In the house of the Abda family, the corpse of Samiya Abda lay next to that of her adult son, Khalid. Their faces appeared to have been partially blown off, Reuters reported. "The woman and her son until now are still in their house, where the other children are living," said Mohammed Samhan, a Palestinian Red Crescent official in Bethlehem. "They were shot yesterday morning with a tank shell by the Israelis who have prevented us from retrieving their bodies," he said. "There are many wounded as well, in churches and all over the city."

An Israeli army spokeswoman said she was checking specific claims about the ability of Palestinian ambulances to move in Bethlehem, but added that in general the army had "no interest" in obstructing the work of medical teams.

"We are trying to move them. We are waiting for the green light," Veronica Sommaro of the International Committee of the Red Cross said of Bethlehem casualties.

As the troops rolled in, Palestinians sheltered in their homes, pulling shutters tight across doorways and peeking cautiously from their windows. "It's madness," said 70-year-old Rasmia Mohammed. "We hear fighting all through the night. We have no water to make bread, and the bakeries are closed. We are eating beans and soup."

Wary Israeli soldiers took up positions next to tanks and armored vehicles tucked into the winding alleys and narrow roads of the old city center. Residents said troops stormed the municipality building, detaining journalists inside. They also fired in the general direction of a group of journalists walking through the town, but no one was hit. Roads were like obstacle courses, littered with the debris of battle. Buildings were scorched from fierce firefights. Facades of shops and apartments were shattered and ragged, shards of glass clinging uneasily to window frames.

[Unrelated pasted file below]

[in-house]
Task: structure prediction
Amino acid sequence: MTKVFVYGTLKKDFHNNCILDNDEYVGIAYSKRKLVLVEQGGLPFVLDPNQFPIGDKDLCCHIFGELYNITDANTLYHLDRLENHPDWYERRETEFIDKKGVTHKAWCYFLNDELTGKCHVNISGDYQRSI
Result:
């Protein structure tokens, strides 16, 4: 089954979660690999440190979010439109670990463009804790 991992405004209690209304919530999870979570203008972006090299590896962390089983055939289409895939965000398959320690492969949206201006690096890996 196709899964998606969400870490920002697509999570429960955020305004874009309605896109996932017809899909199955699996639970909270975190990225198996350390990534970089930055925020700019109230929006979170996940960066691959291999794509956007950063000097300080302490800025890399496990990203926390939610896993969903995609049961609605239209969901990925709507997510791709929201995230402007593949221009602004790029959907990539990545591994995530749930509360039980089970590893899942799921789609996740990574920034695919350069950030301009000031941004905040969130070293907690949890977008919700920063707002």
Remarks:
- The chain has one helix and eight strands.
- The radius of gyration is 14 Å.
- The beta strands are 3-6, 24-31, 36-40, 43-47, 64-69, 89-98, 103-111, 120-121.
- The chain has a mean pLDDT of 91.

A Franciscan monk inside the Church of the Nativity said the church did not have enough supplies to care for some 250 Palestinian militants taking refuge there. "We cannot care for 250 people. We have a convent for 30 to 40 people and our supplies can last us for two weeks," a German monk inside the church said. "The Israeli defense minister has assured the apostolic nuncio that the basilica will not be attacked. I hope that will remain the situation," he said.